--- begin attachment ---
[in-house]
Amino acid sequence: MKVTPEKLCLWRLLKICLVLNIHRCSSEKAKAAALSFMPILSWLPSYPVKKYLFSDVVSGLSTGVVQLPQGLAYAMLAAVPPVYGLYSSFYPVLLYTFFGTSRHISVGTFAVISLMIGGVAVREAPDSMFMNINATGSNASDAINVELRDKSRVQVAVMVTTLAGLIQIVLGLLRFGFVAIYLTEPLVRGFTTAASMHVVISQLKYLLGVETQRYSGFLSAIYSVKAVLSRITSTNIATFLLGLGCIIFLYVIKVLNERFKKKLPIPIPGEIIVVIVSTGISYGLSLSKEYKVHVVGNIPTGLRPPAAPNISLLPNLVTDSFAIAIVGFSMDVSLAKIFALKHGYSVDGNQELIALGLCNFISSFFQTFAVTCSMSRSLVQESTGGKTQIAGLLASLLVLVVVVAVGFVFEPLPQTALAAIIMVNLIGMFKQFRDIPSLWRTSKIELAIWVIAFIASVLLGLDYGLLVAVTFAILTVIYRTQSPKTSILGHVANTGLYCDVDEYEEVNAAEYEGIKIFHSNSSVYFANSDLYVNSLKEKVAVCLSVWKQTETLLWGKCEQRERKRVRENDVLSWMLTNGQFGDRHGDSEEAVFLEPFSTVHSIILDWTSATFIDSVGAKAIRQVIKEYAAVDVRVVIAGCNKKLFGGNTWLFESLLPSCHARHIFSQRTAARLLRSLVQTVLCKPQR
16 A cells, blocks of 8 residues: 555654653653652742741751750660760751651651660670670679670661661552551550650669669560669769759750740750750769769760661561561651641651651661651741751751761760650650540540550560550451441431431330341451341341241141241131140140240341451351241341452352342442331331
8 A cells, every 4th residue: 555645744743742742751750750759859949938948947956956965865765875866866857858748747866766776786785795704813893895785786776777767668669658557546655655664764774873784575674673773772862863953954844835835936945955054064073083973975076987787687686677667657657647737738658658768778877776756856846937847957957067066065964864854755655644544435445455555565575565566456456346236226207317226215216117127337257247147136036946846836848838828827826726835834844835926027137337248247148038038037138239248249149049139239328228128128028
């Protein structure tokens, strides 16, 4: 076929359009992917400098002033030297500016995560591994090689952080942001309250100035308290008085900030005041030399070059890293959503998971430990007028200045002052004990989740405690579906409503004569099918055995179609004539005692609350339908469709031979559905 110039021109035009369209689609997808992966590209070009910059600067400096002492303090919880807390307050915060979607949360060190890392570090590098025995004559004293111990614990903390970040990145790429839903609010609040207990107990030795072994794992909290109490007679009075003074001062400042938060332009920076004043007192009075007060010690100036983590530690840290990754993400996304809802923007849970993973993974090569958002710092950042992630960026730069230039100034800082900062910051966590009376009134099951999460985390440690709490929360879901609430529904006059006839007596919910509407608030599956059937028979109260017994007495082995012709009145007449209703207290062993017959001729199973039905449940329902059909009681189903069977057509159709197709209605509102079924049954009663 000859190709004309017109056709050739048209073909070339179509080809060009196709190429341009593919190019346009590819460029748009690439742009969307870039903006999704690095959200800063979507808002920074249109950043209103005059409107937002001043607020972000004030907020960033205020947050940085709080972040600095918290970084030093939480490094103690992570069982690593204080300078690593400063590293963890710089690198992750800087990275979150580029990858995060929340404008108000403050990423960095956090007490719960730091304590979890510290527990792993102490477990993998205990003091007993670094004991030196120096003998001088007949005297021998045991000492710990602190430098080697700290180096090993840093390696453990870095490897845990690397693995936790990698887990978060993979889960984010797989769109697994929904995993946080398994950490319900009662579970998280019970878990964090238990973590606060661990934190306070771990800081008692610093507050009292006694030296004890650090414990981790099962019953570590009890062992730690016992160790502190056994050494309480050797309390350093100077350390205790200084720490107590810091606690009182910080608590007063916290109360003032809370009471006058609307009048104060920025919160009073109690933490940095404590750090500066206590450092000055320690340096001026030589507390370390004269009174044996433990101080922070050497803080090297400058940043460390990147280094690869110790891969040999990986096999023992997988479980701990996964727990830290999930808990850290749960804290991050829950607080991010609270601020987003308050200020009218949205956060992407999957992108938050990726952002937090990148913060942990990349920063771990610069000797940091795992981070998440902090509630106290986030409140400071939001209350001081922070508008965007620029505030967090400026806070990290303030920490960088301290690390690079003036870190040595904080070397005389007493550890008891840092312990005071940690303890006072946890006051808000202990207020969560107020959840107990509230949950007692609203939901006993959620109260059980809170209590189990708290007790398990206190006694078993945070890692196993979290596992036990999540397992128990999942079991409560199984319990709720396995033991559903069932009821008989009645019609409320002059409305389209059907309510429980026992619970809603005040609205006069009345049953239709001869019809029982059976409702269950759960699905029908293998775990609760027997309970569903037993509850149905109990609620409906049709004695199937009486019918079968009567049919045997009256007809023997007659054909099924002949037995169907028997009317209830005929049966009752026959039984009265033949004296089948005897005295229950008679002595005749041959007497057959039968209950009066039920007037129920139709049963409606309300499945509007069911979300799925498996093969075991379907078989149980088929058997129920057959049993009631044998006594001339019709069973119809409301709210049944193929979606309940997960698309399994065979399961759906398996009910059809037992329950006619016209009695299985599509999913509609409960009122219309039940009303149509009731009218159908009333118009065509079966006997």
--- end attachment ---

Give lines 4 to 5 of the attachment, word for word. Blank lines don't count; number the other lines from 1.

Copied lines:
8 A cells, every 4th residue: 555645744743742742751750750759859949938948947956956965865765875866866857858748747866766776786785795704813893895785786776777767668669658557546655655664764774873784575674673773772862863953954844835835936945955054064073083973975076987787687686677667657657647737738658658768778877776756856846937847957957067066065964864854755655644544435445455555565575565566456456346236226207317226215216117127337257247147136036946846836848838828827826726835834844835926027137337248247148038038037138239248249149049139239328228128128028
């Protein structure tokens, strides 16, 4: 076929359009992917400098002033030297500016995560591994090689952080942001309250100035308290008085900030005041030399070059890293959503998971430990007028200045002052004990989740405690579906409503004569099918055995179609004539005692609350339908469709031979559905 110039021109035009369209689609997808992966590209070009910059600067400096002492303090919880807390307050915060979607949360060190890392570090590098025995004559004293111990614990903390970040990145790429839903609010609040207990107990030795072994794992909290109490007679009075003074001062400042938060332009920076004043007192009075007060010690100036983590530690840290990754993400996304809802923007849970993973993974090569958002710092950042992630960026730069230039100034800082900062910051966590009376009134099951999460985390440690709490929360879901609430529904006059006839007596919910509407608030599956059937028979109260017994007495082995012709009145007449209703207290062993017959001729199973039905449940329902059909009681189903069977057509159709197709209605509102079924049954009663 000859190709004309017109056709050739048209073909070339179509080809060009196709190429341009593919190019346009590819460029748009690439742009969307870039903006999704690095959200800063979507808002920074249109950043209103005059409107937002001043607020972000004030907020960033205020947050940085709080972040600095918290970084030093939480490094103690992570069982690593204080300078690593400063590293963890710089690198992750800087990275979150580029990858995060929340404008108000403050990423960095956090007490719960730091304590979890510290527990792993102490477990993998205990003091007993670094004991030196120096003998001088007949005297021998045991000492710990602190430098080697700290180096090993840093390696453990870095490897845990690397693995936790990698887990978060993979889960984010797989769109697994929904995993946080398994950490319900009662579970998280019970878990964090238990973590606060661990934190306070771990800081008692610093507050009292006694030296004890650090414990981790099962019953570590009890062992730690016992160790502190056994050494309480050797309390350093100077350390205790200084720490107590810091606690009182910080608590007063916290109360003032809370009471006058609307009048104060920025919160009073109690933490940095404590750090500066206590450092000055320690340096001026030589507390370390004269009174044996433990101080922070050497803080090297400058940043460390990147280094690869110790891969040999990986096999023992997988479980701990996964727990830290999930808990850290749960804290991050829950607080991010609270601020987003308050200020009218949205956060992407999957992108938050990726952002937090990148913060942990990349920063771990610069000797940091795992981070998440902090509630106290986030409140400071939001209350001081922070508008965007620029505030967090400026806070990290303030920490960088301290690390690079003036870190040595904080070397005389007493550890008891840092312990005071940690303890006072946890006051808000202990207020969560107020959840107990509230949950007692609203939901006993959620109260059980809170209590189990708290007790398990206190006694078993945070890692196993979290596992036990999540397992128990999942079991409560199984319990709720396995033991559903069932009821008989009645019609409320002059409305389209059907309510429980026992619970809603005040609205006069009345049953239709001869019809029982059976409702269950759960699905029908293998775990609760027997309970569903037993509850149905109990609620409906049709004695199937009486019918079968009567049919045997009256007809023997007659054909099924002949037995169907028997009317209830005929049966009752026959039984009265033949004296089948005897005295229950008679002595005749041959007497057959039968209950009066039920007037129920139709049963409606309300499945509007069911979300799925498996093969075991379907078989149980088929058997129920057959049993009631044998006594001339019709069973119809409301709210049944193929979606309940997960698309399994065979399961759906398996009910059809037992329950006619016209009695299985599509999913509609409960009122219309039940009303149509009731009218159908009333118009065509079966006997």